Our Mission

Conservation must be based on a sound knowledge of what needs to be protected. Our knowledge of marine biodiversity is so poor that we know almost nothing about most of the species that inhabit our seas.

Most marine organisms do not yet have a name, and for most of the species that do have a name, we don’t even know where they live, for how long and what they do.


Our aim is to contribute to the conservation of global marine biodiversity. In particular, we want to increase scientific knowledge of marine organisms and ecosystems and their responses to climate change and other human impacts.

Our research includes describing and mapping unstudied ecosystems in collaboration with expert taxonomists, ecologists, local communities and NGOs.

Read our scientific papers:

Near-future extreme temperatures affect physiology, morphology and recruitment of the temperate sponge Crella incrustans

Adaptive strategies of sponges to deoxygenated oceans


We want to enable everyone to experience marine biodiversity to make them aware of the immense heritage hidden under the sea.

We believe that showing the beauty and variety of life that populates our oceans can arouse curiosity and empathy towards the marine environment. This will be essential to produce a change in our behaviour necessary to move from a consumer society to a conservation society.

Photos and videos give everyone the opportunity to enjoy the beauty of the sea. So, we want to use social media to spread photos, videos and stories about all the different creatures, especially the less common ones.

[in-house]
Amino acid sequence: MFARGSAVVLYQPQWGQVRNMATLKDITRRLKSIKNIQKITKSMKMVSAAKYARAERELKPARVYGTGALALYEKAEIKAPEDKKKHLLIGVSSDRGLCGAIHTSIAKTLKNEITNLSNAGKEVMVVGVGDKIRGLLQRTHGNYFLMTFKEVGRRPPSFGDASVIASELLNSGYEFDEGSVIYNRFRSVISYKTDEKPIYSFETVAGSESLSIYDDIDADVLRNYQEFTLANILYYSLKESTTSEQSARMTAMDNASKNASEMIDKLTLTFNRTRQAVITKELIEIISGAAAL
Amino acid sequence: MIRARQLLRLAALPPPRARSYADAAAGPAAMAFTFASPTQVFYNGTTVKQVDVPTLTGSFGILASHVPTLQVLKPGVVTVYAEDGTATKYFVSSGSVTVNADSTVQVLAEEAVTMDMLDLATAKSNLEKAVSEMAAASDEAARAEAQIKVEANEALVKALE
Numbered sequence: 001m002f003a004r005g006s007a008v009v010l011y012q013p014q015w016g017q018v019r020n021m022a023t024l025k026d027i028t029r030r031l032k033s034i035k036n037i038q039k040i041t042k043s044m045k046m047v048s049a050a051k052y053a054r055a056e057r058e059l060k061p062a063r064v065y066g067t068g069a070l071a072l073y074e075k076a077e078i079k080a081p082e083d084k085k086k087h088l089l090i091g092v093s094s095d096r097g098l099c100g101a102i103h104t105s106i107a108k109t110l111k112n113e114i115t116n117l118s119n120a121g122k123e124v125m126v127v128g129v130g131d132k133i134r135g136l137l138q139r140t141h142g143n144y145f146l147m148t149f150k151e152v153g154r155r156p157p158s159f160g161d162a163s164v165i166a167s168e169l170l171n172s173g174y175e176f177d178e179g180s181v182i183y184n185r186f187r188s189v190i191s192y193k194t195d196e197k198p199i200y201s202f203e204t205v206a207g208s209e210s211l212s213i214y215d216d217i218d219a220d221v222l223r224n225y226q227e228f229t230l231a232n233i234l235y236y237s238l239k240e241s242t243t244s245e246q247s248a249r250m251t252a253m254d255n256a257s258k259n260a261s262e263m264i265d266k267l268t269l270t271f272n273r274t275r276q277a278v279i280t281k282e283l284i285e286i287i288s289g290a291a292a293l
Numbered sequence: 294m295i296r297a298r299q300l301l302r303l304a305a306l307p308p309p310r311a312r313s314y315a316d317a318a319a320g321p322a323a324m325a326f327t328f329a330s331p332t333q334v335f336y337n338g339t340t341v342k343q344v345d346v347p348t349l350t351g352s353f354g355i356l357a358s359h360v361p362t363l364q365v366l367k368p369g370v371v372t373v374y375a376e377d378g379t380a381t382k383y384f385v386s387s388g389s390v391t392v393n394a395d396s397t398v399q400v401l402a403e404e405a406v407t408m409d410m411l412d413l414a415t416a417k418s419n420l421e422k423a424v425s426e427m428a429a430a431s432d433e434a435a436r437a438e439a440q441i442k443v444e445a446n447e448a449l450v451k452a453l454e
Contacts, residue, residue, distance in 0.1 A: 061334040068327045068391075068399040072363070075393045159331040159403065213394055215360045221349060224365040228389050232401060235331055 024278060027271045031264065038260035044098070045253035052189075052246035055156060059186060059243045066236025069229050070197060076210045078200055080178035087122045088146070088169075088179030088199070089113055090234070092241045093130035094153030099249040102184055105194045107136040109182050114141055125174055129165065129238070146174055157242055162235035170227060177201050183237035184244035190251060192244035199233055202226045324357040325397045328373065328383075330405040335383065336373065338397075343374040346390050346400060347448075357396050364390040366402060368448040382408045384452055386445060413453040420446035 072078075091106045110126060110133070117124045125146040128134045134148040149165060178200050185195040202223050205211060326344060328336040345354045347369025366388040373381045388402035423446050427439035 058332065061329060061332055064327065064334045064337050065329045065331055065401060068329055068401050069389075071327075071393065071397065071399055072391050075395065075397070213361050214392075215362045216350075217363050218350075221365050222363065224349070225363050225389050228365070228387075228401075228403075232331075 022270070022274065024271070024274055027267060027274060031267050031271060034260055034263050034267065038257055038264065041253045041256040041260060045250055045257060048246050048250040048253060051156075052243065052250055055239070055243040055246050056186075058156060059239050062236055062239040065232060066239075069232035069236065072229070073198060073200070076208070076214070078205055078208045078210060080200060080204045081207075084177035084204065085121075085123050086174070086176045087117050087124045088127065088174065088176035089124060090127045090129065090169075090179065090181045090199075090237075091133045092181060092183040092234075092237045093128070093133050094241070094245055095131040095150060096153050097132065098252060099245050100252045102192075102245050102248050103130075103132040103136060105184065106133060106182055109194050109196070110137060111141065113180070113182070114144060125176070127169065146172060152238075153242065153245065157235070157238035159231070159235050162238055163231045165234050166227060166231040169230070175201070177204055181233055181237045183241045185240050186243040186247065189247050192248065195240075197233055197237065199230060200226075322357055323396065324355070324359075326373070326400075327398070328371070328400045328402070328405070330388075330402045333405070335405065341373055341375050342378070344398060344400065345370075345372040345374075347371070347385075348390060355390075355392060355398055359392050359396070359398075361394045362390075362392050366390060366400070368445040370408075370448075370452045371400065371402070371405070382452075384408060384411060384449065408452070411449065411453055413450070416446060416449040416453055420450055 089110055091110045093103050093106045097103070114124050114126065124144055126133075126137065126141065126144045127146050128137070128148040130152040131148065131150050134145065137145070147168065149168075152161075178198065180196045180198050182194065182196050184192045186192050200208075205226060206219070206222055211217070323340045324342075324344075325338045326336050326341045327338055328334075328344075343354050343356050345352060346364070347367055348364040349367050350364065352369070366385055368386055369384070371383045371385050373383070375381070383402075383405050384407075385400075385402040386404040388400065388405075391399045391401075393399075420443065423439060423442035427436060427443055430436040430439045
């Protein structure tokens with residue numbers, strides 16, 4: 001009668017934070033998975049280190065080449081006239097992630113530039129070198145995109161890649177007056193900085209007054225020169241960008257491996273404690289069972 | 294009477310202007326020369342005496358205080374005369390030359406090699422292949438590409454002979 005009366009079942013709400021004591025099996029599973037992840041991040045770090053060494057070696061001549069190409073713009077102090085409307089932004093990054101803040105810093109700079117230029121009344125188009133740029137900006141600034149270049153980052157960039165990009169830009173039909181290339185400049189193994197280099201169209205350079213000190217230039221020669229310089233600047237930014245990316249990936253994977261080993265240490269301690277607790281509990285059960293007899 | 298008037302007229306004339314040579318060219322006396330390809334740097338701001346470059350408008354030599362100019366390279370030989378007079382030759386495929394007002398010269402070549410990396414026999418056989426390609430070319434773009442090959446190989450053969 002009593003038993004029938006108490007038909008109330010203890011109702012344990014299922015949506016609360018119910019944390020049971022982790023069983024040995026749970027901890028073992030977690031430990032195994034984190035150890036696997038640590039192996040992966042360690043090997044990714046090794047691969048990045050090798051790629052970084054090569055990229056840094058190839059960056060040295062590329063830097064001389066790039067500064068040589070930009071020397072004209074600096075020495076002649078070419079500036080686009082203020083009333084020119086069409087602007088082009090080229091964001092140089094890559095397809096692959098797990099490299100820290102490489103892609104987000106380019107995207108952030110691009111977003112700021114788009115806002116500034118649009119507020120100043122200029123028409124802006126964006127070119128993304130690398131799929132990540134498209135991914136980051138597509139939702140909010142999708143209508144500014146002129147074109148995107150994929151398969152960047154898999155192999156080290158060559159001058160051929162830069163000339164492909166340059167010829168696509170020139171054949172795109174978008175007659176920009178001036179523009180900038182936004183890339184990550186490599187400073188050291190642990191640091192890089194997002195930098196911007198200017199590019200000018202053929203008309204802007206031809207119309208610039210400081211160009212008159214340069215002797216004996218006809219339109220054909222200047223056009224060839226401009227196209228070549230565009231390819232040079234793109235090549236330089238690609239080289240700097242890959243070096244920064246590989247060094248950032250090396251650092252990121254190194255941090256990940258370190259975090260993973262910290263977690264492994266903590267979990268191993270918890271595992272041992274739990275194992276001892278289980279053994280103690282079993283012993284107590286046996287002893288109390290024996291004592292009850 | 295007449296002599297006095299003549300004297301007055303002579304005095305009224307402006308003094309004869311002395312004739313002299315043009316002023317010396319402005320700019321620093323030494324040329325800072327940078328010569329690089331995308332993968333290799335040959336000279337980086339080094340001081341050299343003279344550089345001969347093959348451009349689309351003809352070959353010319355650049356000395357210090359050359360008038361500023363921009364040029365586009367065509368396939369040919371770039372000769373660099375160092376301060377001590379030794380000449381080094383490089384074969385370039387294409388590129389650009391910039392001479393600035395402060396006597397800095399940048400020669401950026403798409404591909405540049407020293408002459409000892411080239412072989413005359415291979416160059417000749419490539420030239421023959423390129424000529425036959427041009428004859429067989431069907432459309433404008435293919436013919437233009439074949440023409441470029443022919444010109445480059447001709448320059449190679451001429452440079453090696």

Follow us on Instagram

Watch the video about Sea Slugs - Nikon Small Word Competition


Our ultimate goal is to improve the conservation of the marine environment, so our research also aims to identify the main local and global threats to habitats and species.

Watch the video about changes at Lough Hyne Marine Nature Reserve

Read a scientific article about changes and conservation at Lough Hyne

Behind the Project

Valerio Micaroni, PhD in Marine Ecology from Victoria University of Wellington, is an enthusiastic diver and underwater photographer. His research focuses on understanding the impacts of anthropogenic stressors on temperate mesophotic ecosystems. He uses a combination of field observations and laboratory experiments to answer his research questions.

Francesca Strano is a PhD candidate in Marine Ecology at the Victoria University of Wellington and a passionate diver. Francesca is interested in the adaptive strategies of marine invertebrates (with an emphasis on sponges) in response to environmental variations, including climate change effects. Her research includes invertebrate zoology, physiology, and microbiology.